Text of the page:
Combustible Celluloid Review - Glorious (2022), Joshua Hull, David Ian McKendry, Todd Rigney, Rebekah McKendry, Ryan Kwanten, J. K. Simmons, Sylvia Grace Crim
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With: Ryan Kwanten, J. K. Simmons, Sylvia Grace Crim
Written by: Joshua Hull, David Ian McKendry, Todd Rigney
Directed by: Rebekah McKendry
MPAA Rating: NR
Running Time: 79
Date: 08/18/2022

Glorious (2022)

3 1/2 Stars (out of 4)

Lavatory Mouse

By Jeffrey M. Anderson

This loony, bloody little horror item is a prime example of bonkers creativity and imagination overcoming a limited budget, somehow making a two-character gabfest feel visceral and dynamic.

A distraught Wes (Ryan Kwanten) is struggling to stay awake while driving. He pulls into a rest stop, looking disheveled and anxious, and with a hair-trigger temper. It appears he has recently been rejected by his girlfriend, Brenda (Sylvia Grace Crim). He tries to find catharsis by burning some things on a grill and drinking a bottle of whisky. He wakes up in the morning, hungover, and without pants.

He goes into the men's room, where a mysterious voice (J.K. Simmons) begins speaking to him from the glory hole in the adjacent stall. Soon, Wes discovers that the bathroom is locked, he cannot escape, and that the voice is more than just a voice. It belongs to a "very lonely, very old god." Worst of all, Wes discovers that the fate of the universe may be in his hands.

Glorious — the title refers to the cosmically-decorated "glory hole" in the bathroom stall — is set almost entirely inside the men's room at a rest stop, with just a few, brief exteriors, and some jagged flashbacks to the main character's broken relationship with his girlfriend. Director Rebekah McKendry keeps her camera moving, as if pacing nervously around the room, changing colors and tones, and, in a sequence in which Wes tries to escape through an air duct, does loop-the-loops.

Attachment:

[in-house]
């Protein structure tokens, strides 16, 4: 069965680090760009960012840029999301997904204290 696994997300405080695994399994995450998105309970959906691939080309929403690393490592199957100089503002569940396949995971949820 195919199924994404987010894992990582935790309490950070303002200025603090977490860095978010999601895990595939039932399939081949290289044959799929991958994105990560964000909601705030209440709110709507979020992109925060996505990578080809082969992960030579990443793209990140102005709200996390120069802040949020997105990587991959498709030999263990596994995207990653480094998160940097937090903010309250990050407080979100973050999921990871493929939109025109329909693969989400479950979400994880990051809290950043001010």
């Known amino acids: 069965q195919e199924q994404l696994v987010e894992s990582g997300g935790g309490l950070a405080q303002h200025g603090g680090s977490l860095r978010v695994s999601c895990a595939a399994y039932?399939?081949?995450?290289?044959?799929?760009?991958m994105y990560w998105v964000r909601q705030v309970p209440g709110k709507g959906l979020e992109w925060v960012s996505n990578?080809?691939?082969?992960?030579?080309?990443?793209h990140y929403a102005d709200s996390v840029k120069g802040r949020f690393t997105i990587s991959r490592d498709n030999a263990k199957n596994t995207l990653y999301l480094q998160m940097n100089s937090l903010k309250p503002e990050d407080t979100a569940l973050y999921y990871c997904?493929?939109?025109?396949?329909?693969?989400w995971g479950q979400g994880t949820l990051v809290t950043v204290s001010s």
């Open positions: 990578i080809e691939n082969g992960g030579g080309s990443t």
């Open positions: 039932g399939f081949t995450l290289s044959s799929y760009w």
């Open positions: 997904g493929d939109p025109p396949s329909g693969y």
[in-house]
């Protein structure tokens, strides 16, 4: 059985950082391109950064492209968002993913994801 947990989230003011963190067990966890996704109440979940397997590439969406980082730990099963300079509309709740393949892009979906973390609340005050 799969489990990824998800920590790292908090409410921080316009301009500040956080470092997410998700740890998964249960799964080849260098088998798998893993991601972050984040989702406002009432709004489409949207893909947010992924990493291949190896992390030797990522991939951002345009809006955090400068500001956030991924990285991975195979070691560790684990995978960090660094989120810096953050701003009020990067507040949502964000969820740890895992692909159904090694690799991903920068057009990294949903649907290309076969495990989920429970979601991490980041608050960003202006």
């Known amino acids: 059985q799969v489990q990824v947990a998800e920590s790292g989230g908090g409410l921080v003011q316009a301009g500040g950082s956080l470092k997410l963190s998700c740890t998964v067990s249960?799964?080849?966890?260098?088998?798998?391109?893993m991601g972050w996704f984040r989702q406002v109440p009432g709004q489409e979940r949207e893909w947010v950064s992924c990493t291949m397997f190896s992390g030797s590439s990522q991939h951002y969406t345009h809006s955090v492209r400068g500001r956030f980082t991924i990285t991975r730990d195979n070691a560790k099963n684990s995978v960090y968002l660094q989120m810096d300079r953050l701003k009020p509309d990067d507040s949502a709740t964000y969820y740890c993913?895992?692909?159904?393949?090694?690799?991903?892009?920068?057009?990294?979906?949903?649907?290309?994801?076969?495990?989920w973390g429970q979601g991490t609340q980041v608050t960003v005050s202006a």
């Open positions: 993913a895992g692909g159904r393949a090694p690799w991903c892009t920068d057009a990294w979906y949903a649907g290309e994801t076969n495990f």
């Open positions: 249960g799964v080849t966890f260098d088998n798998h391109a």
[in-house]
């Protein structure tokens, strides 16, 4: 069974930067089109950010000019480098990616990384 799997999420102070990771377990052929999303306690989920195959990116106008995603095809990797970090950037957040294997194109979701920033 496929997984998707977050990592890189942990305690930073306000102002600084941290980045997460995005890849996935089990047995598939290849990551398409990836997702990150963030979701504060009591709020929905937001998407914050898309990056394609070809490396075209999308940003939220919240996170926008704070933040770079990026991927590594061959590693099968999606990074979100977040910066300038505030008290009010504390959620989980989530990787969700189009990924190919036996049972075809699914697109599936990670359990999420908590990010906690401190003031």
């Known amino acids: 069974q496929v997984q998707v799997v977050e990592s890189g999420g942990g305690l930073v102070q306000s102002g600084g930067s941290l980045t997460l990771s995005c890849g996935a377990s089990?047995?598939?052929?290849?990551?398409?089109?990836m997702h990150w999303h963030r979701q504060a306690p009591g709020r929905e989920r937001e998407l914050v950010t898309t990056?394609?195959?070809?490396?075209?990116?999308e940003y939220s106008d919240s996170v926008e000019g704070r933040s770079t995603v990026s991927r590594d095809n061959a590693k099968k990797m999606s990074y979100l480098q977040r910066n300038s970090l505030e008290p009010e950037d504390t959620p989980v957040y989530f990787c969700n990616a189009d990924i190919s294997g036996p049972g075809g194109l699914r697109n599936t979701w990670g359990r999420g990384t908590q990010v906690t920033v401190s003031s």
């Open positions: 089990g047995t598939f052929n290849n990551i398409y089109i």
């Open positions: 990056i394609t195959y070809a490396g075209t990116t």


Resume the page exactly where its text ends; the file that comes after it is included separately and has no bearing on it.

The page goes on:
She also relies heavily on her two actors. Kwanten plays a most unlikable character, a man who is clearly suffering, but also a man who makes bad choices, but the actor manages to sustain him and make him watchable throughout. Simmons is the key. As the actors has proven throughout his decorated career, his particular voice contains rich tones of kindness, authority, and threat, all intermingling with the precision of a chess master.

Admittedly, the movie isn't able to have something going on at all times during its 79-minute running time, and Simmons is able to stall beautifully, keeping us off-balance and wondering. It's too bad that the movie's lone Black character meets with a cliched death, but that major flaw aside, Glorious is delirious, gory fun.

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